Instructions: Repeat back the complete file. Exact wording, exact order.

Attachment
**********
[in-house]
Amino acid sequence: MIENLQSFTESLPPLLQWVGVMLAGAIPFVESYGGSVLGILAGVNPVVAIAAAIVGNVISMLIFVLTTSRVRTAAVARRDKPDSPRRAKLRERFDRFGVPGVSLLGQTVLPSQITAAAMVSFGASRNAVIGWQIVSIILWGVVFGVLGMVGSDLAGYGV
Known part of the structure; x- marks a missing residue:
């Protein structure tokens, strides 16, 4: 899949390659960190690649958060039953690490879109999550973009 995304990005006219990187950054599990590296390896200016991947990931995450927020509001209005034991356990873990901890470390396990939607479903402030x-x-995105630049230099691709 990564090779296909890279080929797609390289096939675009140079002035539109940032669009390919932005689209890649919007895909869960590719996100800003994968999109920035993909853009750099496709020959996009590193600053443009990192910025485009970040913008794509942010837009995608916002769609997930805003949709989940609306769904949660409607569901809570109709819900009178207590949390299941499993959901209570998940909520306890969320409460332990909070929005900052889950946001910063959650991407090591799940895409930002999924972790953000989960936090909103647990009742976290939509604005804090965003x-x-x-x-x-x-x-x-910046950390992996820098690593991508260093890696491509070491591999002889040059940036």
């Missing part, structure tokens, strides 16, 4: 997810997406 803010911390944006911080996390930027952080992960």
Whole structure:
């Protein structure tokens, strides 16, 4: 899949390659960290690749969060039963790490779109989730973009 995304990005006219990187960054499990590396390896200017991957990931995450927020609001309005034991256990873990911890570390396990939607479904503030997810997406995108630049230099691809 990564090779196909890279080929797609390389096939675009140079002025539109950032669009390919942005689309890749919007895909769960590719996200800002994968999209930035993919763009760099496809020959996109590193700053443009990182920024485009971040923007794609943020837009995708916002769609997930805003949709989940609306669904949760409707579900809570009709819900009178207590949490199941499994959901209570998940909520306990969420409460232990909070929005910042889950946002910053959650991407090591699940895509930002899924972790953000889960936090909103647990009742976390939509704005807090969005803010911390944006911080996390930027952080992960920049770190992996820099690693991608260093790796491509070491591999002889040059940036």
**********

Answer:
[in-house]
Amino acid sequence: MIENLQSFTESLPPLLQWVGVMLAGAIPFVESYGGSVLGILAGVNPVVAIAAAIVGNVISMLIFVLTTSRVRTAAVARRDKPDSPRRAKLRERFDRFGVPGVSLLGQTVLPSQITAAAMVSFGASRNAVIGWQIVSIILWGVVFGVLGMVGSDLAGYGV
Known part of the structure; x- marks a missing residue:
């Protein structure tokens, strides 16, 4: 899949390659960190690649958060039953690490879109999550973009 995304990005006219990187950054599990590296390896200016991947990931995450927020509001209005034991356990873990901890470390396990939607479903402030x-x-995105630049230099691709 990564090779296909890279080929797609390289096939675009140079002035539109940032669009390919932005689209890649919007895909869960590719996100800003994968999109920035993909853009750099496709020959996009590193600053443009990192910025485009970040913008794509942010837009995608916002769609997930805003949709989940609306769904949660409607569901809570109709819900009178207590949390299941499993959901209570998940909520306890969320409460332990909070929005900052889950946001910063959650991407090591799940895409930002999924972790953000989960936090909103647990009742976290939509604005804090965003x-x-x-x-x-x-x-x-910046950390992996820098690593991508260093890696491509070491591999002889040059940036």
């Missing part, structure tokens, strides 16, 4: 997810997406 803010911390944006911080996390930027952080992960």
Whole structure:
């Protein structure tokens, strides 16, 4: 899949390659960290690749969060039963790490779109989730973009 995304990005006219990187960054499990590396390896200017991957990931995450927020609001309005034991256990873990911890570390396990939607479904503030997810997406995108630049230099691809 990564090779196909890279080929797609390389096939675009140079002025539109950032669009390919942005689309890749919007895909769960590719996200800002994968999209930035993919763009760099496809020959996109590193700053443009990182920024485009971040923007794609943020837009995708916002769609997930805003949709989940609306669904949760409707579900809570009709819900009178207590949490199941499994959901209570998940909520306990969420409460232990909070929005910042889950946002910053959650991407090591699940895509930002899924972790953000889960936090909103647990009742976390939509704005807090969005803010911390944006911080996390930027952080992960920049770190992996820099690693991608260093790796491509070491591999002889040059940036």